Abstract: Alomari and colleagues described in 2014 for the first time a distinct combination of vascular malformation, fibrofatty muscular infiltration and contracture which was termed fibroadipose vascular anomaly (FAVA) (J Pediatr Orthoped 34, 109 117 (2014). So far only few publications (J Pediatr Orthoped (2014) 34, 109 117; J Hand Surg (2020). 45, 68.e1, 68.e13; Ann Vasc Dis (2014) 7, 316-319; Pediatr Radiol 46, 1179-1186 (2016)) concerning this newly described disease have been published, covering only a limited number of cases. We present a case of a 19-year-old male patient suffering from a FAVA of the proximal forearm with a severe contracture of the infiltrated flexor musculature. Upon surgery, we observed infiltration of the ulnar nerve. We were able to successfully resect the vascular malformation. Secondary tendon transfer was performed after extensive resection of the flexor musculature.FAVA presents a differential diagnosis in patients with solid growth of the upper or lower extremity and contracture of the involved extremity. We conclude that patients suffering from FAVA of the upper extremity should be referred to a center specialized in oncologic extremity surgery and reconstructive hand and microsurgery.
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http://dx.doi.org/10.1097/SAP.0000000000002792DOI Listing
April 2021

Multidisciplinary team meetings for patients with complex extremity defects: a retrospective analysis of treatment recommendations and prognostic factors for non-implementation.

BMC Surg 2021 Mar 29;21(1):168. Epub 2021 Mar 29.

Department of Hand, Plastic and Reconstructive Surgery, Microsurgery, Burn Center-BG Trauma Center Ludwigshafen, Hand and Plastic Surgery of the University of Heidelberg, Ludwig Guttmann Str. 13, 67071, Ludwigshafen, Germany.

Background: This study aimed to assess a multidisciplinary team (MDT) meeting approach for the management of patients with complex extremity defects, analyze treatment recommendations, and evaluate factors influencing non-implementation.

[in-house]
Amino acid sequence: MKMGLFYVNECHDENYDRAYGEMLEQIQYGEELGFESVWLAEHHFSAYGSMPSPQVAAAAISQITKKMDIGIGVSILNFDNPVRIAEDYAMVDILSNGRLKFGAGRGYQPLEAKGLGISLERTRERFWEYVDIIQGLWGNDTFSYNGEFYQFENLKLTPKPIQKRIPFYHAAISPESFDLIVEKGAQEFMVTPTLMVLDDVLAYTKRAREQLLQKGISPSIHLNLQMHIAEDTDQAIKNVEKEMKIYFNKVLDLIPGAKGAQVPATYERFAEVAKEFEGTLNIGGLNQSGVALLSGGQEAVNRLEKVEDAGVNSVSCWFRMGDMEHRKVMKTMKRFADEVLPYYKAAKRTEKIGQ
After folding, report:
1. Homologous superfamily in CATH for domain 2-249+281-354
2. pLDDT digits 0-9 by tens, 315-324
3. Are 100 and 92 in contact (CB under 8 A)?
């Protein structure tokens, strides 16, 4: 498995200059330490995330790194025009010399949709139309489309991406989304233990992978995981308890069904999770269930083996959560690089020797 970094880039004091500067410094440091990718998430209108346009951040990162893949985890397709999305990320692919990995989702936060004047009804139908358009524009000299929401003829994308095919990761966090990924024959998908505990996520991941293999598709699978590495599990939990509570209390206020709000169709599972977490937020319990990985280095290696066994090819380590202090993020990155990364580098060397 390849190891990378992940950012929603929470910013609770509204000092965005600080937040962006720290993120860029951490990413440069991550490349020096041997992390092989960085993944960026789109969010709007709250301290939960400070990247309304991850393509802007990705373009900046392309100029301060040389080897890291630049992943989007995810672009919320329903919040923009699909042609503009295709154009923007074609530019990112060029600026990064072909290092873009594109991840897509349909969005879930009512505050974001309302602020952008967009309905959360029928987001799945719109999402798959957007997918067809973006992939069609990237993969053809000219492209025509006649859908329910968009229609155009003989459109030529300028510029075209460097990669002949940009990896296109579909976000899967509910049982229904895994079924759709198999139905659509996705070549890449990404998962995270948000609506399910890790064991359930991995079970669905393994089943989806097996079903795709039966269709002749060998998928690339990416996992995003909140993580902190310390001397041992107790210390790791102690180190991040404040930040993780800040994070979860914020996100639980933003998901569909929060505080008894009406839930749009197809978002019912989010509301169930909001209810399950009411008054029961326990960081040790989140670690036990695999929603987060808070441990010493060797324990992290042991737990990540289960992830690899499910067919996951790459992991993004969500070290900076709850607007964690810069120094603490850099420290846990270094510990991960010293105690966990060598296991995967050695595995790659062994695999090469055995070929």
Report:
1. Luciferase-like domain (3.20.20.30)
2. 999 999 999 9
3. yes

Methods: All patients introduced to an MDT meeting for complex extremity defects from 2015 to 2017 were included in a retrospective cohort study. Patients' characteristics and defect causes were evaluated. Treatment recommendations (TR) of MDT meetings and subsequent implementation were reviewed (cohort with implementation of TR versus cohort with non-implementation of TR), and factors associated with non-adherence to recommendations were statistically analyzed using logistic regression.

Results: Fifty-one patients (41 male) with a mean age of 54 years were presented in 27 MDT meetings. Most of the patients (70%) suffered from reconstructive challenging or combined bone- and soft tissue defects, primarily located at the lower extremity (88%). Large skeletal defects, chronic osteomyelitis, and multi-fragmented fractures were present in 65% of cases. Forty-five percent of the patients suffered from peripheral vascular disease, necessitating surgical optimization. Of the 51 MDT decisions, 40 were implemented (78%; (32/40) limb salvage versus 22%; (8/40) limb amputation). Limb salvage was successfully achieved in 91% (29/32) of the cases. Failed limb salvages were due to flap failure (33%; 1/3), recurring periprosthetic joint infections (66%; 2/3) and concomitant reconstructive failure. Patients who underwent limb amputation, as recommended, showed proper stump healing and regained mobility with a prosthesis. Overall the MDT treatment plan was effective in 92.5% (37/40) of the patients, who adhered to the MDT treatment recommendation. In eleven patients (22%; 11/51), the MDT treatment was not implemented. MDT decisions were less likely to be implemented, if amputation was recommended (p = 0.029).